Concerns raised over food quality at N.S. veteran's unit
Bernie Currie says the subject of food often comes up when he visits his dad at the Northumberland Veterans Unit in Pictou, N.S.
Published Wednesday, November 14, 2012 7:26PM AST
Last Updated Wednesday, November 14, 2012 7:27PM AST
More concerns are being raised about the quality of food served to veterans in Nova Scotia.
Some family members say the food served to their loved ones at the Northumberland Veterans Unit in Pictou is terrible, but the Royal Canadian Legion is refuting the claims.
In May, the Pictou County Health Authority changed to frozen, bulk food at the veterans’ wing. The food is reheated and served to the roughly 20 veterans in the unit.
“You just don’t know what it was that you’re eating,” says veteran Joe Currie. “Not by the look of it and not by the taste.”
Bernie Currie says the subject of food often comes up when he visits his dad at the Northumberland Veterans Unit.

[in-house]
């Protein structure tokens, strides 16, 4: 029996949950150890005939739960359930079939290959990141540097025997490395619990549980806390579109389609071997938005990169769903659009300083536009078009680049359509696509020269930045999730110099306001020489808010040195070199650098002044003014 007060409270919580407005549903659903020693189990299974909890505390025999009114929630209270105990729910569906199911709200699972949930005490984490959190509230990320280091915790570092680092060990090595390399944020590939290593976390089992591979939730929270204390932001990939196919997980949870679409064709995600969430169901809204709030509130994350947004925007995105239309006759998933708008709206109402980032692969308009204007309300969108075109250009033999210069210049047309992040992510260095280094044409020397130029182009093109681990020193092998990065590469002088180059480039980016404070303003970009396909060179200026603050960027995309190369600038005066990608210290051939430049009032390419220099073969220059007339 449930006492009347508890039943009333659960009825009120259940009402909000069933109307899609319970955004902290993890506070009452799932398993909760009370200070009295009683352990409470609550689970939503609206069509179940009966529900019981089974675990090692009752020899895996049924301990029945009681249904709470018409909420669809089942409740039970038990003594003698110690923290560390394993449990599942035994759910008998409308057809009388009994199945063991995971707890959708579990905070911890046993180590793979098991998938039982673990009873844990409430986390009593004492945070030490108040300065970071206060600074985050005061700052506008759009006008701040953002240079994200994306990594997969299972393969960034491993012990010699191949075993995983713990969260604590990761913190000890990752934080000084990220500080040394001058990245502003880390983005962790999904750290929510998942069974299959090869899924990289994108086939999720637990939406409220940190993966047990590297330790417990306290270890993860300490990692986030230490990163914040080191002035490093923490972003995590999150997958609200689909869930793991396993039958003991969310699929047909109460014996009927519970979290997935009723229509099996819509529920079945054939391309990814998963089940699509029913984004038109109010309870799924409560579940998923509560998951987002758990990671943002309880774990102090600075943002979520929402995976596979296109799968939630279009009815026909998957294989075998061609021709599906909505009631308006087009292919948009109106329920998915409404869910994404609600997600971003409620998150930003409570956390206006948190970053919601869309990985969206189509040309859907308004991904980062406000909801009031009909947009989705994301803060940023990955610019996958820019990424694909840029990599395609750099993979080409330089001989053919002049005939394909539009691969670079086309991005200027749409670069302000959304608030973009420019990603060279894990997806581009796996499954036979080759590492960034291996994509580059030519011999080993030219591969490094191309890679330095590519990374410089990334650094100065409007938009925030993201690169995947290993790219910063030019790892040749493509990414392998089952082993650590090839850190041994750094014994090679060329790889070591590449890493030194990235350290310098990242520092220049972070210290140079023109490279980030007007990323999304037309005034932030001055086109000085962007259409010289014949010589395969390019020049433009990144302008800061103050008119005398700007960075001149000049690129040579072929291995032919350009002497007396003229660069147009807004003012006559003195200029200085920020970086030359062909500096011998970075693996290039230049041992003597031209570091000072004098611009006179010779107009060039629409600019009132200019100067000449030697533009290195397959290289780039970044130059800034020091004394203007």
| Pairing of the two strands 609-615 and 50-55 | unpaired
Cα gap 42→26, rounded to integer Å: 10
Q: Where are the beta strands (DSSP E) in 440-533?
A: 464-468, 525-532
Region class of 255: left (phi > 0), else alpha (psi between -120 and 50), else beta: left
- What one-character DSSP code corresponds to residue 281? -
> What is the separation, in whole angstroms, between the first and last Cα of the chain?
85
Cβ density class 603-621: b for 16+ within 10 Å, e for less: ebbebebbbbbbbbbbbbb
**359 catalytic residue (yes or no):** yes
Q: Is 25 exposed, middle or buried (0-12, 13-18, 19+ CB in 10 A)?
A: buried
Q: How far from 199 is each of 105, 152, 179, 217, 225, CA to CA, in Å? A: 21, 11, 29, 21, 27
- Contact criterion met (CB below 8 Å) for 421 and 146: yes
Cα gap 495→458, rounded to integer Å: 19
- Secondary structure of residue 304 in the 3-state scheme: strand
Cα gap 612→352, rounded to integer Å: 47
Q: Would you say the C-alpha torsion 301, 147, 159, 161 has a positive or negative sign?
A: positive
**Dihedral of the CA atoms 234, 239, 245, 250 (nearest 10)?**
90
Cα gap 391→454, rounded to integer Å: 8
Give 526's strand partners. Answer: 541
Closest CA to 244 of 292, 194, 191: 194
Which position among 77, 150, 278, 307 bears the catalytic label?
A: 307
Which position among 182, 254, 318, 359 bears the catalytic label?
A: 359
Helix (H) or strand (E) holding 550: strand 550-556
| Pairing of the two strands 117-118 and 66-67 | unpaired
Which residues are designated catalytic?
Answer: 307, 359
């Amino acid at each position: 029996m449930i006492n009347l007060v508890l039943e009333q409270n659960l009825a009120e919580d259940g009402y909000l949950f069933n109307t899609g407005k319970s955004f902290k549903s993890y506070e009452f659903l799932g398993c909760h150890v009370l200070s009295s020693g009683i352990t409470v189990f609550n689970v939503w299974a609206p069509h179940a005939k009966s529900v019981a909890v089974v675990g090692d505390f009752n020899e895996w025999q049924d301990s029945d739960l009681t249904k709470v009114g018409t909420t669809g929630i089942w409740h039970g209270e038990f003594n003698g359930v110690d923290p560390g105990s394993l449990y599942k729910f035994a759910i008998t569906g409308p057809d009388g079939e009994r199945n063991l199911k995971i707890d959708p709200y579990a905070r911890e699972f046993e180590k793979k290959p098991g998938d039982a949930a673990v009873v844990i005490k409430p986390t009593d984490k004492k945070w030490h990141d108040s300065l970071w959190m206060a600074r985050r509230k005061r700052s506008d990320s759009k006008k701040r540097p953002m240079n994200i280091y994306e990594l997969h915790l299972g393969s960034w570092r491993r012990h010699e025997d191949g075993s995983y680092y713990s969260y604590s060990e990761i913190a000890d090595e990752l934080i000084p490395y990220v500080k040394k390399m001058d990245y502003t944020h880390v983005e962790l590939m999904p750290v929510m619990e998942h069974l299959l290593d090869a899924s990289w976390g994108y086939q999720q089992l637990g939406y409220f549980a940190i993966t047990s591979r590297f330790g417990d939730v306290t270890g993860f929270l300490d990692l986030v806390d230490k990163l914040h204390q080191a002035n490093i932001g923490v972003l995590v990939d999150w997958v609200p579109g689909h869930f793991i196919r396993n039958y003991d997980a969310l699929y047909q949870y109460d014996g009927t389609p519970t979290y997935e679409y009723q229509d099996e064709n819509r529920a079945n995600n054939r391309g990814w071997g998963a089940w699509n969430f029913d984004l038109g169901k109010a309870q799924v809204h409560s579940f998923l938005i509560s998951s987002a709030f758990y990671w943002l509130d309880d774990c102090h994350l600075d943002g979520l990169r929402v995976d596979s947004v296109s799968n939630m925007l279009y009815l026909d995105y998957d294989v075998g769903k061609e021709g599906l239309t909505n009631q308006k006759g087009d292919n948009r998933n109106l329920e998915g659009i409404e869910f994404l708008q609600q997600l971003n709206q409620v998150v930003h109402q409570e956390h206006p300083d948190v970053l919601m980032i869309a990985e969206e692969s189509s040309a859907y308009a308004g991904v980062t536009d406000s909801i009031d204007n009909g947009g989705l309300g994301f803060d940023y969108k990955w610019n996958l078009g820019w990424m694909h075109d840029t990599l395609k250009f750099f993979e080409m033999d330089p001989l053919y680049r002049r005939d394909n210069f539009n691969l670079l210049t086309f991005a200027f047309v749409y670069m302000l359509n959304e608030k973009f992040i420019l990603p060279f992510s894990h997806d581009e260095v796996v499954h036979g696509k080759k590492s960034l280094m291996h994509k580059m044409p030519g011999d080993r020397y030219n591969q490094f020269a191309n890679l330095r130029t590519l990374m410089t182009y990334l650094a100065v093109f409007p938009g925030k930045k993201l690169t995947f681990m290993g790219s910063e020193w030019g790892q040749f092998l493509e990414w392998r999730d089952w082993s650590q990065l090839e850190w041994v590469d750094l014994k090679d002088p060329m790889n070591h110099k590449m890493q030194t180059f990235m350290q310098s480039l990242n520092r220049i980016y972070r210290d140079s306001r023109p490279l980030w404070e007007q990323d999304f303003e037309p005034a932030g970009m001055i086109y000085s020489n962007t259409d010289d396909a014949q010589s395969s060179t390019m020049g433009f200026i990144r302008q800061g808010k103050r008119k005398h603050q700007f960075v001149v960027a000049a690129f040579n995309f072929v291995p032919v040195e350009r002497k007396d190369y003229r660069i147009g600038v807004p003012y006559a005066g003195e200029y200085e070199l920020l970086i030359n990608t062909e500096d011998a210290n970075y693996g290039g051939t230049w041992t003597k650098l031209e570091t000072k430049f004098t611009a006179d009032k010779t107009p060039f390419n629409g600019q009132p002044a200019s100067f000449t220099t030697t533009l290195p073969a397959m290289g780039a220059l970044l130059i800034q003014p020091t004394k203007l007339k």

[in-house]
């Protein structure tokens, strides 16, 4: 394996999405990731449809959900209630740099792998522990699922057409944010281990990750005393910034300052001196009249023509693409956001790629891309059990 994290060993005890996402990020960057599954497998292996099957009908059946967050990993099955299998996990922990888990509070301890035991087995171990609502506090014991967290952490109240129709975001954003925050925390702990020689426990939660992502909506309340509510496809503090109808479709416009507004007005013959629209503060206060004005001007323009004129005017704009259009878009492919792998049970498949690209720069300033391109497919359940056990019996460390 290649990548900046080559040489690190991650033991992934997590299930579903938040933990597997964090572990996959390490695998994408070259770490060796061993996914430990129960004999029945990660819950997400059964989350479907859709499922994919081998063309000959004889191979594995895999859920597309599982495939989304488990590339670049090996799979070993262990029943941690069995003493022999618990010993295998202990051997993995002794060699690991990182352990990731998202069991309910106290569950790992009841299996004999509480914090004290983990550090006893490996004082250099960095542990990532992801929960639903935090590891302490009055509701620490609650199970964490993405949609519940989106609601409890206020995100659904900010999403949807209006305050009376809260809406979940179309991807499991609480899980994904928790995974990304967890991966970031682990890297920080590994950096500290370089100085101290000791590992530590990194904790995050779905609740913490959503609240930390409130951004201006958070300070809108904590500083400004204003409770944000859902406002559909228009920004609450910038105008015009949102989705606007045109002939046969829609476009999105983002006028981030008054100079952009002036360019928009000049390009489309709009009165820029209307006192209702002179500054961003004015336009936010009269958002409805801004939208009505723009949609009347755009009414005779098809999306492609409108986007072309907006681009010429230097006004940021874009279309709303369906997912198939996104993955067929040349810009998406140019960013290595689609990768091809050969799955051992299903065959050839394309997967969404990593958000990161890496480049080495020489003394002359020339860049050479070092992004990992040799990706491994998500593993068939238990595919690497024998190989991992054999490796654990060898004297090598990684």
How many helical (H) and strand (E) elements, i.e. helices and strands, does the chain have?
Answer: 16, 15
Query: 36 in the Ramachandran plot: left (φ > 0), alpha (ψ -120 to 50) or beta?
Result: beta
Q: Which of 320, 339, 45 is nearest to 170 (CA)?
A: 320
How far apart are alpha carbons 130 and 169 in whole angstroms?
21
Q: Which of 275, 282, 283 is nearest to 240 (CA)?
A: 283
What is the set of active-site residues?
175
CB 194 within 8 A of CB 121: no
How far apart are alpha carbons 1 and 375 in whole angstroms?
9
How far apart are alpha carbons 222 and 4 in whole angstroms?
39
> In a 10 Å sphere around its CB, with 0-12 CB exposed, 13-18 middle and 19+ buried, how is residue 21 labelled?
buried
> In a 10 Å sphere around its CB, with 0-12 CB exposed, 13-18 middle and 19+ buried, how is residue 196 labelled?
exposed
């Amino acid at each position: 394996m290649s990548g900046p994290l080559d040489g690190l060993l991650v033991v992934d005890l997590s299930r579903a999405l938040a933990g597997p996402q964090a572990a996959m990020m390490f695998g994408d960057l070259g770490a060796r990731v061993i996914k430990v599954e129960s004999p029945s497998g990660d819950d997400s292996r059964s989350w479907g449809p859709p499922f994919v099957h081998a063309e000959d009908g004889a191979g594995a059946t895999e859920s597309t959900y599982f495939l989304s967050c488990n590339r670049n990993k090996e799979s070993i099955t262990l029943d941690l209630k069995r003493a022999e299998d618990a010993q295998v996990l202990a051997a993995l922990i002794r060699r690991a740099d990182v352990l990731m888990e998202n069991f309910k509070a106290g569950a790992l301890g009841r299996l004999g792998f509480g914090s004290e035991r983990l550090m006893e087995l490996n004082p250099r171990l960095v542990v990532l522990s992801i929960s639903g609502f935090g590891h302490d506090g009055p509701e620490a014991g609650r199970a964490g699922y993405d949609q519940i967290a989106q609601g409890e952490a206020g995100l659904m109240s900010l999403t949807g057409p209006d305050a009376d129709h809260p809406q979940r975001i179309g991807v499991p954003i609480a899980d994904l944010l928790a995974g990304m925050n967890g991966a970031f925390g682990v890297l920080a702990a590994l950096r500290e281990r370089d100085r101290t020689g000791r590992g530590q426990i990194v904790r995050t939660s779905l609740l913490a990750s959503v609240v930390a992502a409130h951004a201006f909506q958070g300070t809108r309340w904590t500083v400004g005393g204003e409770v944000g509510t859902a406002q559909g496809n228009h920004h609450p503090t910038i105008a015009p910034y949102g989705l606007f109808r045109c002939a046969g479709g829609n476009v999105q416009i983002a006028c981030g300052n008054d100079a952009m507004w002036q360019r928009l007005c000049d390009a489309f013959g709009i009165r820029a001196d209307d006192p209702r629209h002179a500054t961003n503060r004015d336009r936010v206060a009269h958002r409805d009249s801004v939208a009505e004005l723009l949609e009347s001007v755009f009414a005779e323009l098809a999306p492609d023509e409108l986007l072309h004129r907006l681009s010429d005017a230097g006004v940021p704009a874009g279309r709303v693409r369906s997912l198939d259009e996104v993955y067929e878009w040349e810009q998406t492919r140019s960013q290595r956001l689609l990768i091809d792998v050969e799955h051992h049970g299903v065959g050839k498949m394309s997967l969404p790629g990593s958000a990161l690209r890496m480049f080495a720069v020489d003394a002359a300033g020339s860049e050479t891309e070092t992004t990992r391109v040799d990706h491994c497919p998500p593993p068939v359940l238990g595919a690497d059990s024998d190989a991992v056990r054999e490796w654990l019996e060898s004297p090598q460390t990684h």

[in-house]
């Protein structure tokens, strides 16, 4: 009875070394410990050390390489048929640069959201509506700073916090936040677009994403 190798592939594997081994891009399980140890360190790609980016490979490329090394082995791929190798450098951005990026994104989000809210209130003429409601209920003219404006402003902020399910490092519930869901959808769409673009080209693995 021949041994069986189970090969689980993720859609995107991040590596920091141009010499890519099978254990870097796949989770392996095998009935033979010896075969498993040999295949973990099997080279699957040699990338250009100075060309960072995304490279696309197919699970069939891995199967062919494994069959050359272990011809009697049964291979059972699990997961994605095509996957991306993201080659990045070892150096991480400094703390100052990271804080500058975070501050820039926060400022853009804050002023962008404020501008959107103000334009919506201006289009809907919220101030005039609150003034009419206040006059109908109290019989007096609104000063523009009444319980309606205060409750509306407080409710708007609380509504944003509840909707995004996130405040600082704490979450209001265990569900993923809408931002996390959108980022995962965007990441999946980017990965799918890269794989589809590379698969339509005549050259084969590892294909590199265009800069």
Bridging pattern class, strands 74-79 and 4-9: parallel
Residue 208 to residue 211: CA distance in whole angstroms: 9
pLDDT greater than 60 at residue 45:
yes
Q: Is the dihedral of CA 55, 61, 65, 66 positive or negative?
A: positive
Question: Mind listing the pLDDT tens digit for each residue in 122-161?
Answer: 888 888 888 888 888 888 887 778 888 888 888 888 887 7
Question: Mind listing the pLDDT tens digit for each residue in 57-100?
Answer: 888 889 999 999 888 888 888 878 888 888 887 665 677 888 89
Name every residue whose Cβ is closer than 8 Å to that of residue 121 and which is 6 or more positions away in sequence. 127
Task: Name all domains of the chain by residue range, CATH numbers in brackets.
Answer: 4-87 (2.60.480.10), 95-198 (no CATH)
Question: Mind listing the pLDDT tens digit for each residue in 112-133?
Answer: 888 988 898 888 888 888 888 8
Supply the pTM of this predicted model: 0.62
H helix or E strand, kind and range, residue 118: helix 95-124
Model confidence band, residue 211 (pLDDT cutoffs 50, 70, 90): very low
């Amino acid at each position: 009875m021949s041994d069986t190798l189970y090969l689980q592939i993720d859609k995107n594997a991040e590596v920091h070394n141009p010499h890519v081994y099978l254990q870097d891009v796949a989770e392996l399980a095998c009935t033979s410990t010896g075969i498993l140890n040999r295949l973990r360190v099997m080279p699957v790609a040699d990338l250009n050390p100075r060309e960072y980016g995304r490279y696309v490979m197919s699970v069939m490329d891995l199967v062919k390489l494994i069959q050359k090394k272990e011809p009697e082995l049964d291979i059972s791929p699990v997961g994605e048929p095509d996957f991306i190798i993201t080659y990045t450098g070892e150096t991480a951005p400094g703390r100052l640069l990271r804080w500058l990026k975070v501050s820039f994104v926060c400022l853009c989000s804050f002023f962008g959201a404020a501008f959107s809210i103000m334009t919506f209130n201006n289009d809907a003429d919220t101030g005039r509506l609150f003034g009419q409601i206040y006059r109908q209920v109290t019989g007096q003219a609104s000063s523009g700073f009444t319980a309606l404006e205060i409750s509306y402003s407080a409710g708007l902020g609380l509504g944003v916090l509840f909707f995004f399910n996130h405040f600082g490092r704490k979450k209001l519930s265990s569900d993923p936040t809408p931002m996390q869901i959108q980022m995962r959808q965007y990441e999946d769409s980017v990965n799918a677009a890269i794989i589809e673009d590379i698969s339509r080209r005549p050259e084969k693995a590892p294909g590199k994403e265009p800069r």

“These gentlemen here cannot speak for themselves,” he says. “They just cannot speak for themselves and that’s…why family members have to speak up.”
Health authority officials visited Pictou County Council Tuesday night.
When he wasn’t allowed to ask about the food at the veterans’ unit, Coun. Jim Turple walked out of the meeting.
“Whether it’s your father who’s in there, or his father who’s in there, maybe someday this will be a foresight for somebody to look at it again,” says Turple.
The change to bulk, frozen food meant a cost saving of roughly $70,000 for the health authority.
Officials say they have heard few complaints.
“Certainly, anytime there’s a change, you’re going to get a mixed reaction to that,” says Alan Mongraw of the Pictou County Health Authority. “I think our challenge was to inform people as best we could what the changes were and what the impact would be.”
The Royal Canadian Legion also seems to take no issue with the change.
“As you know, as a veterans’ organization, our whole goal, our life is for veterans,” says Legion Zone Commander Bill White. “If anyone is treated wrong, we are the first ones to step in.”
Despite the concerns raised by the Currie family, the health authority says it has no intention of revisiting the issue.
With files from CTV Atlantic's Dan MacIntosh
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